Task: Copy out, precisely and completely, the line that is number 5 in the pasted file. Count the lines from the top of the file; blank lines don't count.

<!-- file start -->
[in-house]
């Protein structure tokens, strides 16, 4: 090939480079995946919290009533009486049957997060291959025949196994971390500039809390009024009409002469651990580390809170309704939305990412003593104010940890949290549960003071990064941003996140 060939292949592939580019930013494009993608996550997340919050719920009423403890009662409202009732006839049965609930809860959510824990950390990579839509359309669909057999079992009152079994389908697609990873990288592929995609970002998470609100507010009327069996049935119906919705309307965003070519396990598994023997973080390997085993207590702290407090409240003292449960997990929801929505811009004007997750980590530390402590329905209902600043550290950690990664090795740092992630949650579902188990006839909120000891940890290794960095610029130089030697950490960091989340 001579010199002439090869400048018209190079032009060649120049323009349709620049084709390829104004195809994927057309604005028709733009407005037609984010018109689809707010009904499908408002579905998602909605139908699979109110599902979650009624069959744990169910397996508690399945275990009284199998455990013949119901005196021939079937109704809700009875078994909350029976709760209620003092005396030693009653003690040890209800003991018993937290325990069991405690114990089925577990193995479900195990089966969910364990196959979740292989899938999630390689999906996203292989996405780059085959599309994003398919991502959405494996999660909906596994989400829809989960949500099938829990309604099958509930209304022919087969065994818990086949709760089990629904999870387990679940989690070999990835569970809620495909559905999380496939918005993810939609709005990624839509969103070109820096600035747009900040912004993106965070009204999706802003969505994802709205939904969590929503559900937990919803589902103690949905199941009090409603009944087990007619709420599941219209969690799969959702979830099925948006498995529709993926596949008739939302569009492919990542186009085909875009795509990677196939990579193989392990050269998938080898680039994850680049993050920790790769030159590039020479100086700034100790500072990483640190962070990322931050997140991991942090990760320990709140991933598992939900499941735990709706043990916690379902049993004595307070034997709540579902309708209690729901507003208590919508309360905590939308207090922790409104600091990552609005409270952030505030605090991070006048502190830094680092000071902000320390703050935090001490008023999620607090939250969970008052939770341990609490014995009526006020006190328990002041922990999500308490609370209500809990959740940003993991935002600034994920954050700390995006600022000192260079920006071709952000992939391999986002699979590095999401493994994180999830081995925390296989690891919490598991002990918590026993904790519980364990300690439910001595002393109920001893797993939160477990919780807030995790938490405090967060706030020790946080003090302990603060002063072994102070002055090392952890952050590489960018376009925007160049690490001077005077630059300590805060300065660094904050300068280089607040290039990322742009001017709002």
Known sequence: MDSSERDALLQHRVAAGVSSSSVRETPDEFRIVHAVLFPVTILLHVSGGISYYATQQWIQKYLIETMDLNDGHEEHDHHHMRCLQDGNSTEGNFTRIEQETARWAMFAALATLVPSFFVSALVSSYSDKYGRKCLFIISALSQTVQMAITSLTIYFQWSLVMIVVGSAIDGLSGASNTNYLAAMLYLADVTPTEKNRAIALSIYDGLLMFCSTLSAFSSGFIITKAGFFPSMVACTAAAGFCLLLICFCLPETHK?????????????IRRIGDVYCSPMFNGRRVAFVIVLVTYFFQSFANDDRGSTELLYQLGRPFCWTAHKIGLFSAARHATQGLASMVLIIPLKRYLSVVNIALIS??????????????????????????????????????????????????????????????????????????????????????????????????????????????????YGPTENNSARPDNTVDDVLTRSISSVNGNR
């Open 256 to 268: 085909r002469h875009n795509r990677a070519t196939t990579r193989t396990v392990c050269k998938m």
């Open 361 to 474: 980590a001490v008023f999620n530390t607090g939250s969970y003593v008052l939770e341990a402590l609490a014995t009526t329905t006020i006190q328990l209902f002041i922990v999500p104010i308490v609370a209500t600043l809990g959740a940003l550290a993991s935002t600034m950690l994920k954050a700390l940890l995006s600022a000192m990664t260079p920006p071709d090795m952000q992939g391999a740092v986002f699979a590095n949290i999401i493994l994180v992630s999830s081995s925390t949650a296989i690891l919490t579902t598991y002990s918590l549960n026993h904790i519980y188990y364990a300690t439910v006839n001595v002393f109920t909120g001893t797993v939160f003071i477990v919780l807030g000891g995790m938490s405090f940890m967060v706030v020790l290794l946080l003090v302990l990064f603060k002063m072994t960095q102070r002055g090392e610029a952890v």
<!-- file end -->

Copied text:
């Open 361 to 474: 980590a001490v008023f999620n530390t607090g939250s969970y003593v008052l939770e341990a402590l609490a014995t009526t329905t006020i006190q328990l209902f002041i922990v999500p104010i308490v609370a209500t600043l809990g959740a940003l550290a993991s935002t600034m950690l994920k954050a700390l940890l995006s600022a000192m990664t260079p920006p071709d090795m952000q992939g391999a740092v986002f699979a590095n949290i999401i493994l994180v992630s999830s081995s925390t949650a296989i690891l919490t579902t598991y002990s918590l549960n026993h904790i519980y188990y364990a300690t439910v006839n001595v002393f109920t909120g001893t797993v939160f003071i477990v919780l807030g000891g995790m938490s405090f940890m967060v706030v020790l290794l946080l003090v302990l990064f603060k002063m072994t960095q102070r002055g090392e610029a952890v």